In a very simple way, genomic medicine is the use of genomic information to provide a personalized diagnostic and targeted therapeutic solution to patients.
From first figuring out the differences in individuals by looking at their genetic profile, then understanding how each disease progresses because of these genetic differences and then developing and providing targeted therapeutics is the goal of genomic medicine. Targeted therapeutics may include solutions gained by DNA editing or the development of specific molecules for a specific condition. Many research Universities have already opened Departments focused on Genomic Medicine. Two examples are given below. Visiting these websites will provide additional information.
Throughout the GenoTypica website, we have highlighted in simple terms what genes are and how they function in relation to the environment and how the uniqueness of individuals will determine the outcome of diseases. From genetic testing to the Personal Genetic Scan reports of individuals to eventually diagnosing a health condition and providing targeted treatments like DNA editing; are all part of genomic medicine. This can also be called personalized medicine. Several diseases like cancer is already being treated this way and medicine of the future will be mostly done this way (or at least we believe it will be done this way). This is something we strongly believe in. Note that not all health problems can be treated this way but if there is a genetic pre-disposition or a genetic influence, then treatments can be customized to the individual in different ways.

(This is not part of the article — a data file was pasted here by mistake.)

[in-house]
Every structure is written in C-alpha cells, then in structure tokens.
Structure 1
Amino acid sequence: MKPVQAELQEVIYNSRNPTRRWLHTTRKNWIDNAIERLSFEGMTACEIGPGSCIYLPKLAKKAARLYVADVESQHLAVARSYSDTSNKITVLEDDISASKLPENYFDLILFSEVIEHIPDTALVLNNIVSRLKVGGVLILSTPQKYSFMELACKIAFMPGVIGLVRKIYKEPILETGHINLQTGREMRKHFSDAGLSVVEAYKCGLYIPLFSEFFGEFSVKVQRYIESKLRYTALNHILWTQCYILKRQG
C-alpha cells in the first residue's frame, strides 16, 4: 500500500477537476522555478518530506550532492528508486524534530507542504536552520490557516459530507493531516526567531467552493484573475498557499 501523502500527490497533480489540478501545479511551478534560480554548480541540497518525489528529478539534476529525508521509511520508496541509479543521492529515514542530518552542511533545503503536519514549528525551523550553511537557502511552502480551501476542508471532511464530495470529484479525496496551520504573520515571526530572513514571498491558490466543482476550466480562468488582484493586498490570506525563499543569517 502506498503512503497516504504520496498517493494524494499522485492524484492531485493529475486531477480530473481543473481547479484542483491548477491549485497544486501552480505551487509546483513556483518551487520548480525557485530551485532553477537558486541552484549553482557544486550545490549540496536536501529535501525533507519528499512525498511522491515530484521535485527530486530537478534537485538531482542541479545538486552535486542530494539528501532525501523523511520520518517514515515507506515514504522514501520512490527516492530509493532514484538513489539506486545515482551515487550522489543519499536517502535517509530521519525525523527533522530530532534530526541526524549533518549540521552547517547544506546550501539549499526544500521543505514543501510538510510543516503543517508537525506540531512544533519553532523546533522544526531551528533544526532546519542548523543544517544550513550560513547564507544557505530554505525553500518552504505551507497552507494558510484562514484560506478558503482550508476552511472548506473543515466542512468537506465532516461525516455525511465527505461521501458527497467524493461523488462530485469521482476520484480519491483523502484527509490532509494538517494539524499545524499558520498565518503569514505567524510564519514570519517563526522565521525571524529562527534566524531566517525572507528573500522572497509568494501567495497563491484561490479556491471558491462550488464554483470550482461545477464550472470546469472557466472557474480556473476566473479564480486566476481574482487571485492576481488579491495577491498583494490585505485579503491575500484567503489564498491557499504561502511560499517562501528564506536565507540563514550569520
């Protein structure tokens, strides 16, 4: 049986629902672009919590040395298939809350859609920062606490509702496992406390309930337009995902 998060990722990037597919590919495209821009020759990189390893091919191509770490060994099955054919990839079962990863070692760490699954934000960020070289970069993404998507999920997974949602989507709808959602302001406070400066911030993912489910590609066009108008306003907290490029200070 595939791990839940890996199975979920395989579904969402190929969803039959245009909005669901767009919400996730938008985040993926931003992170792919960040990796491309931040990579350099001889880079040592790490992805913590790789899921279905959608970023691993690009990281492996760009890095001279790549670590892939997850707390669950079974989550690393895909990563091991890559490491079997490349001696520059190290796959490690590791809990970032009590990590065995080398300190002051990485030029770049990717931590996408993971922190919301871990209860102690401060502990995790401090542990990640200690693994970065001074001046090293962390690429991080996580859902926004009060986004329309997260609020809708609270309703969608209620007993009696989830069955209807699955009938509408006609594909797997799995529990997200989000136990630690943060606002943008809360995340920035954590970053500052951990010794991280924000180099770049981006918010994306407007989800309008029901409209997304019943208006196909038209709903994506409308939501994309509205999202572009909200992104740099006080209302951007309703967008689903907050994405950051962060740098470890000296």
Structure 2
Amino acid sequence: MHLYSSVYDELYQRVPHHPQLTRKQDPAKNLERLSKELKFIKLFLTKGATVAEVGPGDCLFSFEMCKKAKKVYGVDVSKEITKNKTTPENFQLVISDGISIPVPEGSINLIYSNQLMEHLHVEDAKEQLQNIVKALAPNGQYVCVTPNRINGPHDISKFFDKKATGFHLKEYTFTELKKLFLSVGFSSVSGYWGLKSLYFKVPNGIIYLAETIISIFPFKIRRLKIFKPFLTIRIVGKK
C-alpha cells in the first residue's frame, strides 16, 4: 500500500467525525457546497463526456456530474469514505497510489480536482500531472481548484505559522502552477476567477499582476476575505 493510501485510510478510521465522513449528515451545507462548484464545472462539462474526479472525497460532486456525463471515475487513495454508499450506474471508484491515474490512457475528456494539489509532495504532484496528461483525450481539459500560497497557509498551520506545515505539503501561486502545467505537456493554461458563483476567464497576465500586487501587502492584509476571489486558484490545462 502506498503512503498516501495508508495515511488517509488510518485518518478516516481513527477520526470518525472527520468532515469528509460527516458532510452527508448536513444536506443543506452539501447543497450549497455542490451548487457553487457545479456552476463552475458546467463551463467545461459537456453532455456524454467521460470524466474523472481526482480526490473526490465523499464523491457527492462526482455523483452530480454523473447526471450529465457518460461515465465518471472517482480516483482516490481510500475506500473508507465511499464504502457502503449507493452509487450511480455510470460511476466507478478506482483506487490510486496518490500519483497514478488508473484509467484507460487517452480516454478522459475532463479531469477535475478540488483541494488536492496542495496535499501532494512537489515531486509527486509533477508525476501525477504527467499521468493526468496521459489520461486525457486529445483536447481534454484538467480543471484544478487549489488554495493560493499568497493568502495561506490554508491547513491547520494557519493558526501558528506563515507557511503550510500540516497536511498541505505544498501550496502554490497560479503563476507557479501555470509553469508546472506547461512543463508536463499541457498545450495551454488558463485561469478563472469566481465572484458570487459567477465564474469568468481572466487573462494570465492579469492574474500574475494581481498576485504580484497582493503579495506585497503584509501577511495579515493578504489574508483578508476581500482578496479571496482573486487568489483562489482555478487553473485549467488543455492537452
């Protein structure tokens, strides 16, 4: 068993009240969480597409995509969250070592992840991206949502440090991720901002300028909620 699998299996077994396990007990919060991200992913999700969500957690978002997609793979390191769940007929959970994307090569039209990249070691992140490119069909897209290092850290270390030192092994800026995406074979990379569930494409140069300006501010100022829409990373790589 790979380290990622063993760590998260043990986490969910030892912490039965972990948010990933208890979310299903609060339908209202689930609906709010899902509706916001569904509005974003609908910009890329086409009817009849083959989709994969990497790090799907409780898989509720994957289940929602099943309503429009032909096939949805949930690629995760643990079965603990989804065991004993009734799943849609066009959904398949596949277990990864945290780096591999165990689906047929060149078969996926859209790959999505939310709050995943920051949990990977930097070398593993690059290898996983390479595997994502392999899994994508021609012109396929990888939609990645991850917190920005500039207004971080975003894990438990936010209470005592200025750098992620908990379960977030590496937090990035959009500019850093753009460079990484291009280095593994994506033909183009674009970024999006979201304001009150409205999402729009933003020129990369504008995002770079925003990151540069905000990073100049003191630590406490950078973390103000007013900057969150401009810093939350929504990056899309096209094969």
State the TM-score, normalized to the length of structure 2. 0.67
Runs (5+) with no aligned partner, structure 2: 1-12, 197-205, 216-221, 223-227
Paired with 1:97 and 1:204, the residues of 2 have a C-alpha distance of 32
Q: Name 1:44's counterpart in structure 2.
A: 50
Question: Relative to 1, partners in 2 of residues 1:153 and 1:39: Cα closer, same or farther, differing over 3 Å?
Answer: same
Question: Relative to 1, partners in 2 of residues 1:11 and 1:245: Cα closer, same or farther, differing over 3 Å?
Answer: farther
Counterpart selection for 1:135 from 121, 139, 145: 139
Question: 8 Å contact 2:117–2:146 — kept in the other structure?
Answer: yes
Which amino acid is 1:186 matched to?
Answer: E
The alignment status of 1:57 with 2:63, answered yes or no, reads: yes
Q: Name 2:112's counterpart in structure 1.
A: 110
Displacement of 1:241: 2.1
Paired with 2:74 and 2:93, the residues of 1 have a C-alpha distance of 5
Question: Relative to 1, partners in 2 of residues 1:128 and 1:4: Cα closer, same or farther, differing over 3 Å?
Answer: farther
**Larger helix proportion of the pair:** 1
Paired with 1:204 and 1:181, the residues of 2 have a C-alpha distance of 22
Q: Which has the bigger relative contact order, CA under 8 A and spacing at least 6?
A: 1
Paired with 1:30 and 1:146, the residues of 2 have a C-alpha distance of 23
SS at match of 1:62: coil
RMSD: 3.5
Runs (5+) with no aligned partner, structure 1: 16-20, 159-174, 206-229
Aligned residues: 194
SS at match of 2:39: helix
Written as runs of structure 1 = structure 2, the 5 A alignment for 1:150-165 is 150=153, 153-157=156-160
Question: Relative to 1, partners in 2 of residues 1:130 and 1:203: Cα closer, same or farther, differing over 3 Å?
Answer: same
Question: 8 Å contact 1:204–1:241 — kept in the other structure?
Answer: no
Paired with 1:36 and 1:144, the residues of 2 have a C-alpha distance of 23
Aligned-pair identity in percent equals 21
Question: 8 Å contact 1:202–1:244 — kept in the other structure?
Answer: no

Genetics and Your Health
The overall genetic makeup of any individual human is written in the sequence of their entire genome. In other words, if you read the DNA sequence or arrangements of the letters that make up all the 23 pairs of chromosomes that you have, it will tell you a lot about your genetic “story” and give you a sense of who you are and where you might be headed as far as health is concerned. As mentioned before and throughout this website, your genetic makeup and the environment you are in determines how your biological functions play out.
You are Unique: Most human beings are identical in the way the DNA sequence is written throughout their genome. In other words, 98% of the DNA sequence is similar in most people. But, there will be differences from one person to another and it is these differences that makes us all unique. Sometimes these differences are small (single base/letter changes – mutations or variations) and can cause health problems. Sometimes these changes can involve large segments of DNA which break off and are missing or gets re-arranged or is duplicated and so on. These are called deletions, insertions, duplications, translocations etc. and these could also result in different types of genetic conditions. More information about chromosome abnormalities can be found here:
And some chromosomal abnormalities are listed here: